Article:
The other concern that I've heard is, “I know the way people talk about ADHD kids. I don't want my child to be one of the kids they're talking about”. My guess is, if your child is exhibiting the kind of behaviors that would lead someone to suggest the child be evaluated for ADHD, it's too late. Trust me, people are already talking about the child. Know that the people talking about those kids are petty, narrow-minded folk. Anyone who judges a person based on their medical condition is an idiot who does not deserve my respect or consideration. There, I said it. If you can't handle childish behavior, get out of the field that causes you to deal with children. 'Nuf said.

I have little regard for labels. They are just something that someone calls us. My name is a label. To my husband, I am Julie or Jules. To my kids I am Mommy. Different labels, same me. My eldest daughter K. is often known as "the girl who wears glasses". Last year she was "the girl with the eye patch". My younger daughter A. is now known as "that cute baby". As a newborn she was known as "the baby with the rash". In the future she will likely be known as "that kid with no teeth" or hopefully "that kid with dentures" (at which point we will be known as "that family wearing barrels"). All different labels, for a different reason.

Labels don't scare me. People using labels scare me. The best thing I've read is that a label is only harmful if it is misused. If I use his diagnosis to figure out the best way to treat him, that is using the label properly. If I say "Oh, he has ADHD" to explain why he hit a kid while not disciplining him, that's misuse. Another misuse of labels, in my opinion, is refusing to try to get a diagnosis because you don't want your child labeled. Will ignoring the problem make it go away? I don't understand. I'm not saying you have to get him or her diagnosed with something. If you think there is a problem with your child, get him evaluated. If there is a problem, get the child the help he or she needs. If not, sit back and count your blessings. Parents should be their child's advocate at all times, regardless of the outcome. You know your child, you know when something is amiss. Act on it, don't try to wish it away. I cannot imagine not having C. evaluated for ADHD any more than I can imagine not having K. evaluated for lazy eye. But I suppose it is less socially acceptable to have an emotionally and socially challenged child than a nearly-blind-in-one-eye child.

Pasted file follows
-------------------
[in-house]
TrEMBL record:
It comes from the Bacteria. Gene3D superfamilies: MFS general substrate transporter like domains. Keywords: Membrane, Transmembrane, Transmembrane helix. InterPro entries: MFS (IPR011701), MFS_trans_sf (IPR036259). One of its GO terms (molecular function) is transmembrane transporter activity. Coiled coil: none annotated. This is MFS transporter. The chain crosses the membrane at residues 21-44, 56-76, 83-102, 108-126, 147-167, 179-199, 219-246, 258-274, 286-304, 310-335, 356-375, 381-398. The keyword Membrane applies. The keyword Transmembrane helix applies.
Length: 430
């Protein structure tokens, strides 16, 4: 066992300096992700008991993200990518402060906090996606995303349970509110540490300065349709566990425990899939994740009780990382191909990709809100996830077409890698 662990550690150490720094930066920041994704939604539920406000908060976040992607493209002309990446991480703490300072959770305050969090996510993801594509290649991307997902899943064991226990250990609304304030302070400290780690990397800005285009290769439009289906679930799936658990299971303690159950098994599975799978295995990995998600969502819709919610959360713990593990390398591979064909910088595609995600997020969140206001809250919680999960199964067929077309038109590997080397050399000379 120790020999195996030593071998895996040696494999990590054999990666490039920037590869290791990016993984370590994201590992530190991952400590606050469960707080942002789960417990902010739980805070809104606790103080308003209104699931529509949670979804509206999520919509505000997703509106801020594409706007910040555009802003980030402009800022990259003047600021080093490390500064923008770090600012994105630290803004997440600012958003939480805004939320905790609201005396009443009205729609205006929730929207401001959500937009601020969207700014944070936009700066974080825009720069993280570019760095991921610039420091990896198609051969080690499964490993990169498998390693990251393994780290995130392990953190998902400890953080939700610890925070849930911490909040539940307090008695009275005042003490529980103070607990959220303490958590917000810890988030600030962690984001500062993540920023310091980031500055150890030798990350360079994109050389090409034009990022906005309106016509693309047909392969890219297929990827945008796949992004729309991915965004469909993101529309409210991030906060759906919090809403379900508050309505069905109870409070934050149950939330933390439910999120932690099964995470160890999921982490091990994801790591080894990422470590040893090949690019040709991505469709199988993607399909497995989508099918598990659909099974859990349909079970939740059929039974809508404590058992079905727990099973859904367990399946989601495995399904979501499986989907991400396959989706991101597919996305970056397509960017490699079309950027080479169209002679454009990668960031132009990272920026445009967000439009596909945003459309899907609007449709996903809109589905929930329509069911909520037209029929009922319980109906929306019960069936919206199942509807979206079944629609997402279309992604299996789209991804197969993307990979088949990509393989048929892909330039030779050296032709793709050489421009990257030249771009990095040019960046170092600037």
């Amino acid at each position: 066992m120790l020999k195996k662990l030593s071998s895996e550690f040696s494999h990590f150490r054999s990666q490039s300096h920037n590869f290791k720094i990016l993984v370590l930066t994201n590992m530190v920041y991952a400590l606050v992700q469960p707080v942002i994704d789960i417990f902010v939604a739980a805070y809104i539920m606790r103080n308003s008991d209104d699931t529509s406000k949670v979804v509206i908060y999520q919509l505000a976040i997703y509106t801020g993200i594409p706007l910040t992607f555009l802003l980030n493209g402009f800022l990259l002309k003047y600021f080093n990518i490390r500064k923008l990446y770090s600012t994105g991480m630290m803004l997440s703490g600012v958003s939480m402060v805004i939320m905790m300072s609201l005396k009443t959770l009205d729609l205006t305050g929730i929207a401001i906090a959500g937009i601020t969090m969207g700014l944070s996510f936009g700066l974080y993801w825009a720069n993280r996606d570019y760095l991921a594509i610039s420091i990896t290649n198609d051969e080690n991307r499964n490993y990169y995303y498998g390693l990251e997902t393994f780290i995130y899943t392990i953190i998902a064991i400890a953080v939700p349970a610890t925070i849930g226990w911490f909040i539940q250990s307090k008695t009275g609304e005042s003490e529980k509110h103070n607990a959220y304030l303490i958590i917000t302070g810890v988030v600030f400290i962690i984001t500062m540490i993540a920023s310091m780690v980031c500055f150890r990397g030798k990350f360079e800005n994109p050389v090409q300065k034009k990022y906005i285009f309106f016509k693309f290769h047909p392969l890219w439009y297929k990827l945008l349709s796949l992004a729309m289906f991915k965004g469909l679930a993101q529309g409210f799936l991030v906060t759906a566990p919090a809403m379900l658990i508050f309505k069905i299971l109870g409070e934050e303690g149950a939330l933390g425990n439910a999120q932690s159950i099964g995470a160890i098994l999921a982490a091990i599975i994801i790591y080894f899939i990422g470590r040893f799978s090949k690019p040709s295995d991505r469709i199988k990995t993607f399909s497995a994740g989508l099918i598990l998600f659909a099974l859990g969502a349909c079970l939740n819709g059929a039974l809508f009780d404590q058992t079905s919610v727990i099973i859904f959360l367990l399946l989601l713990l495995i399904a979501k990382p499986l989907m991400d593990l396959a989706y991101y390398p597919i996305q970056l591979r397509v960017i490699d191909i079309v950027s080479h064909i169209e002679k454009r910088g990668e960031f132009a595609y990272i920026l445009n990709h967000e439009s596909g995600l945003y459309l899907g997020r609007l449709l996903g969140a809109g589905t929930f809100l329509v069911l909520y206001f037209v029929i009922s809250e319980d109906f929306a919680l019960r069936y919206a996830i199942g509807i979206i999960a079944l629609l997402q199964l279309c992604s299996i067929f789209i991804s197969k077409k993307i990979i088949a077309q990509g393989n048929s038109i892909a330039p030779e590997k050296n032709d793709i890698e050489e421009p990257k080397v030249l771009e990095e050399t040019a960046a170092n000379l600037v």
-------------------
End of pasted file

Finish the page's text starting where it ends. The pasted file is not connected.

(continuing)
The range of potential manifestations for C.'s "label" isn't much shorter that A.'s. No two kids with their conditions react the same. No one has a problem accepting that she has a medical condition, but his diagnosis often draws challenges. Why? Because his "label" isn't acceptable in our society. Hopefully someday it will be.


Jeff Deutsch said...


Speaking as an Aspie, I know people accept things like vision and hearing impairments than social and behavioral ones. That's because the former aren't easily confused with being a plain old butt-head. People tend to jump to conclusions too quickly; on the other hand the latter kind of impairments give plenty of fodder for snap judgments.

Hang in there, and my best to A., C. and K.!

Jeff Deutsch